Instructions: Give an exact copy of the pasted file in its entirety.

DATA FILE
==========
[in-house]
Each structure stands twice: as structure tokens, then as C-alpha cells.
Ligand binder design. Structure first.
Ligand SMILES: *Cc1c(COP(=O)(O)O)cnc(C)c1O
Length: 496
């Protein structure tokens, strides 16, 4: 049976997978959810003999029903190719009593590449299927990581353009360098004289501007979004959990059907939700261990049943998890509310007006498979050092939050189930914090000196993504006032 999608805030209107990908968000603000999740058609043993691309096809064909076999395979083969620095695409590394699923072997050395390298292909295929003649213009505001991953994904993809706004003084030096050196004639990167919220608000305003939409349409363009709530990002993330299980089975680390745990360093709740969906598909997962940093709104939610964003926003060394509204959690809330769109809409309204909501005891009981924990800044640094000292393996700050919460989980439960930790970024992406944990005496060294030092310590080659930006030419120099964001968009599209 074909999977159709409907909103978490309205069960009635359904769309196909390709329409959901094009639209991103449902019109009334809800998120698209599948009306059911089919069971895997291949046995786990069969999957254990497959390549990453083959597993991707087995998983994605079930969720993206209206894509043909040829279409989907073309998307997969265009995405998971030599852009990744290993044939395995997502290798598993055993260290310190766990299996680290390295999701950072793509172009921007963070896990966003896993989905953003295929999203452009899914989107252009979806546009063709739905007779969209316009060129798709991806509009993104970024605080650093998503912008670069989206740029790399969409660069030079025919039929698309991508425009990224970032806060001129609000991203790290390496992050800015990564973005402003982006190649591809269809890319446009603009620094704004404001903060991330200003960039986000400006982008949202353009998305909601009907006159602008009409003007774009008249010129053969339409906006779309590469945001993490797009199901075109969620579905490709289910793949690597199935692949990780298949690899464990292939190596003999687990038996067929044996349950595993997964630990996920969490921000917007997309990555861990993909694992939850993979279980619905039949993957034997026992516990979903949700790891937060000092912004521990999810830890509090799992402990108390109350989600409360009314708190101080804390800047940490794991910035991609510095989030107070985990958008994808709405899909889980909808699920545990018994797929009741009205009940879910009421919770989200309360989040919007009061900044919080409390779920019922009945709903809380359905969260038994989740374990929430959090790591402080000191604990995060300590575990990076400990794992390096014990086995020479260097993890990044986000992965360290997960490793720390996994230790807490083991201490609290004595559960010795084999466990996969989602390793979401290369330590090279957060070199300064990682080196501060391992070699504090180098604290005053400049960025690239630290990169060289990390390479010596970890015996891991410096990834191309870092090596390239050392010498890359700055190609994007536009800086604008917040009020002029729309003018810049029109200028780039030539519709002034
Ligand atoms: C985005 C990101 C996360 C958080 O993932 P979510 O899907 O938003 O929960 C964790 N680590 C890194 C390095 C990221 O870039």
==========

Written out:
[in-house]
Each structure stands twice: as structure tokens, then as C-alpha cells.
Ligand binder design. Structure first.
Ligand SMILES: *Cc1c(COP(=O)(O)O)cnc(C)c1O
Length: 496
């Protein structure tokens, strides 16, 4: 049976997978959810003999029903190719009593590449299927990581353009360098004289501007979004959990059907939700261990049943998890509310007006498979050092939050189930914090000196993504006032 999608805030209107990908968000603000999740058609043993691309096809064909076999395979083969620095695409590394699923072997050395390298292909295929003649213009505001991953994904993809706004003084030096050196004639990167919220608000305003939409349409363009709530990002993330299980089975680390745990360093709740969906598909997962940093709104939610964003926003060394509204959690809330769109809409309204909501005891009981924990800044640094000292393996700050919460989980439960930790970024992406944990005496060294030092310590080659930006030419120099964001968009599209 074909999977159709409907909103978490309205069960009635359904769309196909390709329409959901094009639209991103449902019109009334809800998120698209599948009306059911089919069971895997291949046995786990069969999957254990497959390549990453083959597993991707087995998983994605079930969720993206209206894509043909040829279409989907073309998307997969265009995405998971030599852009990744290993044939395995997502290798598993055993260290310190766990299996680290390295999701950072793509172009921007963070896990966003896993989905953003295929999203452009899914989107252009979806546009063709739905007779969209316009060129798709991806509009993104970024605080650093998503912008670069989206740029790399969409660069030079025919039929698309991508425009990224970032806060001129609000991203790290390496992050800015990564973005402003982006190649591809269809890319446009603009620094704004404001903060991330200003960039986000400006982008949202353009998305909601009907006159602008009409003007774009008249010129053969339409906006779309590469945001993490797009199901075109969620579905490709289910793949690597199935692949990780298949690899464990292939190596003999687990038996067929044996349950595993997964630990996920969490921000917007997309990555861990993909694992939850993979279980619905039949993957034997026992516990979903949700790891937060000092912004521990999810830890509090799992402990108390109350989600409360009314708190101080804390800047940490794991910035991609510095989030107070985990958008994808709405899909889980909808699920545990018994797929009741009205009940879910009421919770989200309360989040919007009061900044919080409390779920019922009945709903809380359905969260038994989740374990929430959090790591402080000191604990995060300590575990990076400990794992390096014990086995020479260097993890990044986000992965360290997960490793720390996994230790807490083991201490609290004595559960010795084999466990996969989602390793979401290369330590090279957060070199300064990682080196501060391992070699504090180098604290005053400049960025690239630290990169060289990390390479010596970890015996891991410096990834191309870092090596390239050392010498890359700055190609994007536009800086604008917040009020002029729309003018810049029109200028780039030539519709002034
Ligand atoms: C985005 C990101 C996360 C958080 O993932 P979510 O899907 O938003 O929960 C964790 N680590 C890194 C390095 C990221 O870039």